Safety. Running whitewater rivers is a popular recreational activity, but it is not without risk. Fast-moving water has the potential to cause harm or death via drowning or colliding with things. Fatalities do occur; around 50 individuals per year are killed in whitewater accidents in the United States. In addition, people have been swept away in large waves on calm days, torn from their boats and left to drown.
The most common form of riverine injury is spraining/strainings of an ankle or foot. These injuries can be serious if not treated by a medical professional quickly after they occur. Other injuries that may result from whitewater rafting include bruises/contusions (bumps on the body), cuts (slashed by a blade of grass or piece of glass), heatstroke (when the body cannot cool itself down due to being in hot water for too long), hypothermia (low temperature) and heart attacks (when the heart stops beating).
As with any sport, there is a chance of injury regardless of how safe it may appear. Whitewater rafting carries an inherent risk of injury or death. Anyone who decides to partake in this activity should understand the risks and prepare themselves mentally and physically for these events.
The White River is no longer a bathing hole, although many people enjoy paddling along it in canoes and kayaks. If you chance to topple over and take an unintended swim, try to keep the water out of your eyes and mouth, and wash yourself well.
The current can be strong, so use caution if swimming here. There have been reports of people being attacked by bull sharks while swimming in the river, but this is rare. Usually they are only hungry for fish, not humans.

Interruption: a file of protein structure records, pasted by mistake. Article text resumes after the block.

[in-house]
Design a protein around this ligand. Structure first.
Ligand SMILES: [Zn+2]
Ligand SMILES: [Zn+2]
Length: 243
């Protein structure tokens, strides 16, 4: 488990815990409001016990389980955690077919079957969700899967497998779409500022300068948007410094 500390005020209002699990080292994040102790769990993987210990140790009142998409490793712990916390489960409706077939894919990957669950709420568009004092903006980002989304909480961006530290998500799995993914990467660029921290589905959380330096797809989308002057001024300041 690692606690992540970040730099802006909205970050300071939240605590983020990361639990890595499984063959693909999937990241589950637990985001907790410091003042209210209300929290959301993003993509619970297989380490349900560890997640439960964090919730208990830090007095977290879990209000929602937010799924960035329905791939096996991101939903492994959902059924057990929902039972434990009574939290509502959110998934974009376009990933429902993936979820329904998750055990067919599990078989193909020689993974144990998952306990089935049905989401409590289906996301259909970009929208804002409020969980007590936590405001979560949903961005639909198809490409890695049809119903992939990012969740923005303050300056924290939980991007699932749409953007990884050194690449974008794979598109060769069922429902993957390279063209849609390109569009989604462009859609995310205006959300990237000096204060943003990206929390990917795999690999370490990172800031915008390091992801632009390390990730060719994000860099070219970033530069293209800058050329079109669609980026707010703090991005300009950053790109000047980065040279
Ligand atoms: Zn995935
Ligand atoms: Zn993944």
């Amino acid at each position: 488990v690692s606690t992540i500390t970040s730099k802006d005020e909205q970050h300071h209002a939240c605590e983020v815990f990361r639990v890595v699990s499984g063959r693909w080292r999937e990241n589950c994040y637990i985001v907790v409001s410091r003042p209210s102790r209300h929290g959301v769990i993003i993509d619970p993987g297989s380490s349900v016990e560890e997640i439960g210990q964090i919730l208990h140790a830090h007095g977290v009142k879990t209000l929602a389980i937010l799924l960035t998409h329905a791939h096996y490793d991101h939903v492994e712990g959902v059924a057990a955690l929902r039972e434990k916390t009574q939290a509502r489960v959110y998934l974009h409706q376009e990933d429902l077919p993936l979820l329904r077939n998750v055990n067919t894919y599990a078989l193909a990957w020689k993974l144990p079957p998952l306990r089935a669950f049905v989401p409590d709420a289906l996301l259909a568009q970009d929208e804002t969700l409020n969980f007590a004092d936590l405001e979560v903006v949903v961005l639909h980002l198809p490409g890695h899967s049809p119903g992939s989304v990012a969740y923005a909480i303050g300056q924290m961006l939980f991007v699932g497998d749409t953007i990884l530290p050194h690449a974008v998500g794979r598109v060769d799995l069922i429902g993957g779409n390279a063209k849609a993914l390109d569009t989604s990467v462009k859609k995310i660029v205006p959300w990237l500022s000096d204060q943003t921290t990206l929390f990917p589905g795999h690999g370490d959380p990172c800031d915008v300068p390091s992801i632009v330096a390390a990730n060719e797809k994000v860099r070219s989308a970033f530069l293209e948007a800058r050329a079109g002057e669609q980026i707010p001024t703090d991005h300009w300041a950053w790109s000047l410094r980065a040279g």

It's best to ask someone who knows about these things before you go swimming in any body of water, especially one as big as the White River.
While death is the most feared hazard in whitewater rafting, injuries from smashing, pounding, brushing, and slapping up against boulders are significantly more probable. The main cause of injury is usually a sharp object- such as a rock- that gets pushed into your body during a rapid. Other common causes include trees and branches that are pulled off of banks or cliffs, holes in the riverbed caused by geological features like sinkholes or creeks, and falls of greater than 10 feet.
Injuries can be serious or minor. Minor injuries may include cuts, bruises, and sprains. Serious injuries may require hospitalization. Chronic pain often follows major trauma. Untreated mental stress and anxiety may lead to heart disease or stroke.
Whitewater rafting is hazardous. You should understand these risks before you go on your first rafting trip. All of the dangers above can be reduced or avoided by following basic safety guidelines. Make sure that you don't go rafting alone or with people who have never done it before. And don't try to force the issue if someone doesn't want to do it your way.
Also, know how to perform first aid if needed. It's important to be able to treat injuries related to rafting so that they don't become worse due to waiting.
Rafting is statistically highly safe. Of fact, no activity can be guaranteed to be completely risk-free, but when compared to other activities, whitewater rafting is often regarded as risk-free. Whitewater rafting has fewer fatalities per year than leisure swimming or even cycling. Rafting is also less dangerous than many other outdoor activities such as rock climbing, mountain biking, and skiing.